Newswise — COLUMBUS, Ohio – The likelihood that a girl will participate in high school sports in the United States is driven not so much by individual choice, new research suggests. Instead, decisions made by parents, the wealth of one’s family and community, and racial dynamics matter.   

By combining interviews with elite college athletes and analysis of data on over 4,000 high school girls, researchers found that socioeconomic status – of families and the school districts in which they live – consistently underlies other factors that foster or obstruct opportunities for girls to play one or more sports and stick with it. 

Fifty years after the enactment of Title IX, opportunity for girls and women in sports continues to grow but it is not equal with the opportunity provided to boys and men. Although the number of girls playing high school sports has risen from 300,000 to over 3 million, there remains about a 10-percentage-point difference between girls’ and boys’ participation rates.   

Yet opportunities also aren’t equal among girls, researchers say, meaning especially girls of color, from lower social class families, and attending schools in lower-income neighborhoods are potentially denied some of the social, educational and professional rewards linked to playing sports, such as being seen as a talented person, a team player or a hard worker.

“It’s important to recognize that school sport participation isn’t created in a vacuum and just linked to merit, hard work, persistence and discipline, but is linked to parenting practices and racial and socioeconomic status dynamics, including segregated settings and assumptions of choice and efforts put forth that can drive different trajectories,” said senior author Chris Knoester, professor of sociology at The Ohio State University. “Social factors matter, and do so differentially.” 

The research was published online Feb. 20 in the journal Sociological Focus.

For this study, Knoester and colleagues sought to determine which girls get chances to play which types of sports and for how long, and the impact that structural factors like race, class and gender have on those opportunities.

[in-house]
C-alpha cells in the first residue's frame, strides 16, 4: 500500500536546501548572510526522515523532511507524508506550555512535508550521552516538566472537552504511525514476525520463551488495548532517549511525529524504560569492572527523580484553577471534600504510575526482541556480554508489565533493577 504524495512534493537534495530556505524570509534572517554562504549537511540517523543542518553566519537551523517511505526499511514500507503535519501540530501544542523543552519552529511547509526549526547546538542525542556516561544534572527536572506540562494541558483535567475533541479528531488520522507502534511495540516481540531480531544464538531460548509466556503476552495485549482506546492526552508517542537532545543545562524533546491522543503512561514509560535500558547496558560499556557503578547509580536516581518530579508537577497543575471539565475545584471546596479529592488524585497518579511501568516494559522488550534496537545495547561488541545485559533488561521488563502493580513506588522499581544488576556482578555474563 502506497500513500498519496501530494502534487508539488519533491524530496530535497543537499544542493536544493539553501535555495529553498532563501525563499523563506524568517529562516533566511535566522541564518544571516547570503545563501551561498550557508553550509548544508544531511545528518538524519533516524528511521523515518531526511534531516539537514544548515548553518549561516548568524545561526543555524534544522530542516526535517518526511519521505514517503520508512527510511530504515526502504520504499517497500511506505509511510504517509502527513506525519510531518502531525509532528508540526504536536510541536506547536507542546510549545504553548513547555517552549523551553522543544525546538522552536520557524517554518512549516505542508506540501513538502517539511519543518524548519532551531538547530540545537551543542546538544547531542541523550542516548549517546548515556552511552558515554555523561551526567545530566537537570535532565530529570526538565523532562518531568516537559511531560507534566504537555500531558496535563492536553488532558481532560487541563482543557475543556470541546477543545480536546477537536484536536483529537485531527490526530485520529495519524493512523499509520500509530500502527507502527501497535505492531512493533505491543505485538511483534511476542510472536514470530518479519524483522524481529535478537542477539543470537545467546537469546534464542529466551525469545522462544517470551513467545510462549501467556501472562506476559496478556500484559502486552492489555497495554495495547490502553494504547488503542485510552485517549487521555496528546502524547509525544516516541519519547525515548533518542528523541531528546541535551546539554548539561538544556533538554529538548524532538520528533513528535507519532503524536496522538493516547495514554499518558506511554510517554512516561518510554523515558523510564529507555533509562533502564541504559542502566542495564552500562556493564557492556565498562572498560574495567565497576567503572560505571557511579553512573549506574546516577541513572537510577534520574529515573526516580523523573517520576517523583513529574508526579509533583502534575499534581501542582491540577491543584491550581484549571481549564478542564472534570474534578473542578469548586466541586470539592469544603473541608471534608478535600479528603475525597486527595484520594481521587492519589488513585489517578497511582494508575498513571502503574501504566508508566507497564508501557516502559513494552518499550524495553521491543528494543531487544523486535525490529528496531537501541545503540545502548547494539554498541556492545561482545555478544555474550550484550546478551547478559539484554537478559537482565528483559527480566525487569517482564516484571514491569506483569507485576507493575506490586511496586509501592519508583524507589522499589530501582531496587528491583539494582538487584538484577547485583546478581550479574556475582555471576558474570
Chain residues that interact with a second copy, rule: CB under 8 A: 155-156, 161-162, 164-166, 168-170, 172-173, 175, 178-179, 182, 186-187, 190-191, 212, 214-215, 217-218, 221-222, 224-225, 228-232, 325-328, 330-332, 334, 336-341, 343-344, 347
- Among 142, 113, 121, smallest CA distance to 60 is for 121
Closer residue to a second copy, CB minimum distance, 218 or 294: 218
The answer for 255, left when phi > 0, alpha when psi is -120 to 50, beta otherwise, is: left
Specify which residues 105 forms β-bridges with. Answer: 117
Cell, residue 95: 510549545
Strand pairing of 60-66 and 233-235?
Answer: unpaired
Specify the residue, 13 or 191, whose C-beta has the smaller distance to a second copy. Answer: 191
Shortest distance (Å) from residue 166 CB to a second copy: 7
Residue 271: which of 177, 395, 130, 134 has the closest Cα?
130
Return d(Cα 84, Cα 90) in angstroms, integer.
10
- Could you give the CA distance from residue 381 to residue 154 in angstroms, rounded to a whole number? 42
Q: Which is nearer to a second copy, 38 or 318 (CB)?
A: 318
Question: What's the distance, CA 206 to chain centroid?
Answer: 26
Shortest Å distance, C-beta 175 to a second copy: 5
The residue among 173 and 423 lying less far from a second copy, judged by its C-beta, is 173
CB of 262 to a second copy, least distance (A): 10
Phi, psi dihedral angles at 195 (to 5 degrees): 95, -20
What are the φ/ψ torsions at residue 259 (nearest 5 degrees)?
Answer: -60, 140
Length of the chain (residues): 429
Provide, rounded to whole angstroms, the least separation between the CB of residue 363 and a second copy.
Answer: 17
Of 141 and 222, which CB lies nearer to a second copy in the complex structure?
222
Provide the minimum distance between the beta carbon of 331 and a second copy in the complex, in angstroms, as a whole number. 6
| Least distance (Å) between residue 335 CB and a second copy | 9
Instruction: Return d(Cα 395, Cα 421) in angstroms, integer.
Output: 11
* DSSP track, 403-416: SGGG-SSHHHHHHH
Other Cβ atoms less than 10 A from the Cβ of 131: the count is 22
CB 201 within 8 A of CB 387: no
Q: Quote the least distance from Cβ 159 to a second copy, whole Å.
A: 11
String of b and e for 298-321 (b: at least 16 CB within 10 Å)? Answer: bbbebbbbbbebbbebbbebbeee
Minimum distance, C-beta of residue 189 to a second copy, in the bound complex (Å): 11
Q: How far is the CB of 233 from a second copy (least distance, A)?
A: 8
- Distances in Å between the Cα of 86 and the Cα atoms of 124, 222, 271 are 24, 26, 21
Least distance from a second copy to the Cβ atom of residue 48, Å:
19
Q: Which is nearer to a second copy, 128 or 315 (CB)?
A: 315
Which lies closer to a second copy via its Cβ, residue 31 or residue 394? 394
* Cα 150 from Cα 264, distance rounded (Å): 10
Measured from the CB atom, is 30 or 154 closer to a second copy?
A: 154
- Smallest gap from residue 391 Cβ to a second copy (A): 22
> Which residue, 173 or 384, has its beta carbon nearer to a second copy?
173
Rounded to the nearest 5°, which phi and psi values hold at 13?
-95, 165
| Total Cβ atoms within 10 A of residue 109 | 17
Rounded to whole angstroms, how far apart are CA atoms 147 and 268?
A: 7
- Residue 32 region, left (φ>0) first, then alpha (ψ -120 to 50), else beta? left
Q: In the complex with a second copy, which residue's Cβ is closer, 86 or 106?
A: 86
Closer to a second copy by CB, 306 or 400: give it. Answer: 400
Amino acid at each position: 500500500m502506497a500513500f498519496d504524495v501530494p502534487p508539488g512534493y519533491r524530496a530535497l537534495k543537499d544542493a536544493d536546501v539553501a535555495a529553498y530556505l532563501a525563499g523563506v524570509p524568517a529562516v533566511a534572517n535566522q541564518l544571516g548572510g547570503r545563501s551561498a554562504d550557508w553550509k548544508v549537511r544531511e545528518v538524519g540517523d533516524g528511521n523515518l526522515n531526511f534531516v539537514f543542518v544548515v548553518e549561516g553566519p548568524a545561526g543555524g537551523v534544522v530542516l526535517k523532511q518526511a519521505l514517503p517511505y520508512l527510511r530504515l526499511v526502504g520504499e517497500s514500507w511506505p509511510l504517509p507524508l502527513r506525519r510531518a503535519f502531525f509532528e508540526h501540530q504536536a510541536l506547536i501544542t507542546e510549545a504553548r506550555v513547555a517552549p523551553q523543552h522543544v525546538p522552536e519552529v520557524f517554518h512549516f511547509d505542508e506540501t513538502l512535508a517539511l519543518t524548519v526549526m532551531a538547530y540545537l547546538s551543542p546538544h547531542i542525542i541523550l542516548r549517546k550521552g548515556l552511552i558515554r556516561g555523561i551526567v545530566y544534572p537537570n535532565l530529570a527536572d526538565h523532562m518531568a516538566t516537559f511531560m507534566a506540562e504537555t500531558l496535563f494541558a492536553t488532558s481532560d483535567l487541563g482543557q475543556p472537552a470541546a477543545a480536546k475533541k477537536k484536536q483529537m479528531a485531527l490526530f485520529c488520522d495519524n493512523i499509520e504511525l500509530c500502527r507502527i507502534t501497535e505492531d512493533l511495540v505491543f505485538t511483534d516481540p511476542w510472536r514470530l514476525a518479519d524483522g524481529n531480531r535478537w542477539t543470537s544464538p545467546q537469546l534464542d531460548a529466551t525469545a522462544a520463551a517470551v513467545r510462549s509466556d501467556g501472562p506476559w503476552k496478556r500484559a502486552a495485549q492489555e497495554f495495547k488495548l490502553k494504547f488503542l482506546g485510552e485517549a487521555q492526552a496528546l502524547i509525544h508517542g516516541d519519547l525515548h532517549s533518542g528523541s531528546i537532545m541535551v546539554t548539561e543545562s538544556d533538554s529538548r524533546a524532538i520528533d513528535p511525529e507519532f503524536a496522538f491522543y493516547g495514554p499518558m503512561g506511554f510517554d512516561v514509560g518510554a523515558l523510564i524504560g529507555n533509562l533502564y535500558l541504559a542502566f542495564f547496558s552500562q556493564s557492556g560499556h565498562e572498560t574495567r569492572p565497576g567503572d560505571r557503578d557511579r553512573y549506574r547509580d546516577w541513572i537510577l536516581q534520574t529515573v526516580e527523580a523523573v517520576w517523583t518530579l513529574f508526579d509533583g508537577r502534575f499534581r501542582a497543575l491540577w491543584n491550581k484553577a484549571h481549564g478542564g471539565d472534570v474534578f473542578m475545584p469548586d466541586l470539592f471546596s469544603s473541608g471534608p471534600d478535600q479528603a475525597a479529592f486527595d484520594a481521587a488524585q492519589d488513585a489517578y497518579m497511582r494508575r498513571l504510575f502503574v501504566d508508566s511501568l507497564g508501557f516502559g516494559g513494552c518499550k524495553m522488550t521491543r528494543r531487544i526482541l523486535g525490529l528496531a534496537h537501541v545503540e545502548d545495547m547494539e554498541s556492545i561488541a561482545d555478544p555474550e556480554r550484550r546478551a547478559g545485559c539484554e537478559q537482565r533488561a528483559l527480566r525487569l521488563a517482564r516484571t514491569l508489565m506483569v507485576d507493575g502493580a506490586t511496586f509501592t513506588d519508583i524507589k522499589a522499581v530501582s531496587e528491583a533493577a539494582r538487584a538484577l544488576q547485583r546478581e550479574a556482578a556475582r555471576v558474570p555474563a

First author Kirsten Hextrum, assistant professor of language, culture and society at Oregon State University, conducted extensive interviews with 47 track and field athletes and rowers, 28 of whom were women, to unearth the factors that enabled them to achieve their elite status in college. 

Clear themes emerged. Parents of higher socioeconomic status living in wealthy communities took a very active role in making sports a defining part of their children’s lives before the kids started kindergarten, and access to many different sports growing up made it easier for these young athletes to continue participating. 

The specter of male superiority permeated the athletic environment despite expectations that gender segregation would empower and protect young women. White, suburban areas offered more sports than lower-income and racially diverse communities, and girls of color who grew up in affluent neighborhoods still felt they were pushed toward certain sports, like track and field, or were treated like tokens on their teams. 

These combined class, gender and race factors suggested that simply opting in to sports and then freely picking the best fit wasn’t available to all girls.